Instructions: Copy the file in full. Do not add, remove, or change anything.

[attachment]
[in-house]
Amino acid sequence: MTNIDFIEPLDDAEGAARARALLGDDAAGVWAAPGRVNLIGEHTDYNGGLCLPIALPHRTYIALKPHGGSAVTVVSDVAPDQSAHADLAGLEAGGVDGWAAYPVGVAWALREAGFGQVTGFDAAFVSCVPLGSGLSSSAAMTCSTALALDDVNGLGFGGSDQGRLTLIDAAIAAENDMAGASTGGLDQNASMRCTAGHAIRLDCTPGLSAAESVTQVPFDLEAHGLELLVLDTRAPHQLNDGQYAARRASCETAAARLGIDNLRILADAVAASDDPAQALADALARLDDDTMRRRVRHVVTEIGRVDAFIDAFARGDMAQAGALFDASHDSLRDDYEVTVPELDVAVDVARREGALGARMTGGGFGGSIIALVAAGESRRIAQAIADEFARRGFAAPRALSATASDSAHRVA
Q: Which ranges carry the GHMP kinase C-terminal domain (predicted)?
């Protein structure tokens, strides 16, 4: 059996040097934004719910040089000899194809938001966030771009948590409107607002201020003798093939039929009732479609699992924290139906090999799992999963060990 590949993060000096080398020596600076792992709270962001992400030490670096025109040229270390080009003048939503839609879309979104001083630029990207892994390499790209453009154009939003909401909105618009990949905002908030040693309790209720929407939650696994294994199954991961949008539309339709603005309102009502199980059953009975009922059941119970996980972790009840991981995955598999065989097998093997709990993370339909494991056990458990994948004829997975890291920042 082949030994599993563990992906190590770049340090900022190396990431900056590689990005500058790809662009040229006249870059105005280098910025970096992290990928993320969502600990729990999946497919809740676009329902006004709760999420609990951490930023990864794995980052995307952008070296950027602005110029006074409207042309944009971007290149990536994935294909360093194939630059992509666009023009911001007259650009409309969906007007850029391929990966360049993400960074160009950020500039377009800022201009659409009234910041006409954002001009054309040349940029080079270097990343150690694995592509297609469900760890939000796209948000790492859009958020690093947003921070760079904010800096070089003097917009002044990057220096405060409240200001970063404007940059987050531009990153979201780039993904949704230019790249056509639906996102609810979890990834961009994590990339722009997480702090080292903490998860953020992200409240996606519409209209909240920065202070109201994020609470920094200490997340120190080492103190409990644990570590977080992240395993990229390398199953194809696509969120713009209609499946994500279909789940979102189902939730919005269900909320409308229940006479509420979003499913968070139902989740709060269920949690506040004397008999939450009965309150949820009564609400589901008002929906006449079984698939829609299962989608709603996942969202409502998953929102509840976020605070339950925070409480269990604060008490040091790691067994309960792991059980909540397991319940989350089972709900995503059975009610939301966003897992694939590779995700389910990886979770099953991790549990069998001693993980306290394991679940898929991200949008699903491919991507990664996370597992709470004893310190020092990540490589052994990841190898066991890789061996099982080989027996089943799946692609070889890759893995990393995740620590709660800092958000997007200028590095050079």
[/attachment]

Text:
[in-house]
Amino acid sequence: MTNIDFIEPLDDAEGAARARALLGDDAAGVWAAPGRVNLIGEHTDYNGGLCLPIALPHRTYIALKPHGGSAVTVVSDVAPDQSAHADLAGLEAGGVDGWAAYPVGVAWALREAGFGQVTGFDAAFVSCVPLGSGLSSSAAMTCSTALALDDVNGLGFGGSDQGRLTLIDAAIAAENDMAGASTGGLDQNASMRCTAGHAIRLDCTPGLSAAESVTQVPFDLEAHGLELLVLDTRAPHQLNDGQYAARRASCETAAARLGIDNLRILADAVAASDDPAQALADALARLDDDTMRRRVRHVVTEIGRVDAFIDAFARGDMAQAGALFDASHDSLRDDYEVTVPELDVAVDVARREGALGARMTGGGFGGSIIALVAAGESRRIAQAIADEFARRGFAAPRALSATASDSAHRVA
Q: Which ranges carry the GHMP kinase C-terminal domain (predicted)?
């Protein structure tokens, strides 16, 4: 059996040097934004719910040089000899194809938001966030771009948590409107607002201020003798093939039929009732479609699992924290139906090999799992999963060990 590949993060000096080398020596600076792992709270962001992400030490670096025109040229270390080009003048939503839609879309979104001083630029990207892994390499790209453009154009939003909401909105618009990949905002908030040693309790209720929407939650696994294994199954991961949008539309339709603005309102009502199980059953009975009922059941119970996980972790009840991981995955598999065989097998093997709990993370339909494991056990458990994948004829997975890291920042 082949030994599993563990992906190590770049340090900022190396990431900056590689990005500058790809662009040229006249870059105005280098910025970096992290990928993320969502600990729990999946497919809740676009329902006004709760999420609990951490930023990864794995980052995307952008070296950027602005110029006074409207042309944009971007290149990536994935294909360093194939630059992509666009023009911001007259650009409309969906007007850029391929990966360049993400960074160009950020500039377009800022201009659409009234910041006409954002001009054309040349940029080079270097990343150690694995592509297609469900760890939000796209948000790492859009958020690093947003921070760079904010800096070089003097917009002044990057220096405060409240200001970063404007940059987050531009990153979201780039993904949704230019790249056509639906996102609810979890990834961009994590990339722009997480702090080292903490998860953020992200409240996606519409209209909240920065202070109201994020609470920094200490997340120190080492103190409990644990570590977080992240395993990229390398199953194809696509969120713009209609499946994500279909789940979102189902939730919005269900909320409308229940006479509420979003499913968070139902989740709060269920949690506040004397008999939450009965309150949820009564609400589901008002929906006449079984698939829609299962989608709603996942969202409502998953929102509840976020605070339950925070409480269990604060008490040091790691067994309960792991059980909540397991319940989350089972709900995503059975009610939301966003897992694939590779995700389910990886979770099953991790549990069998001693993980306290394991679940898929991200949008699903491919991507990664996370597992709470004893310190020092990540490589052994990841190898066991890789061996099982080989027996089943799946692609070889890759893995990393995740620590709660800092958000997007200028590095050079």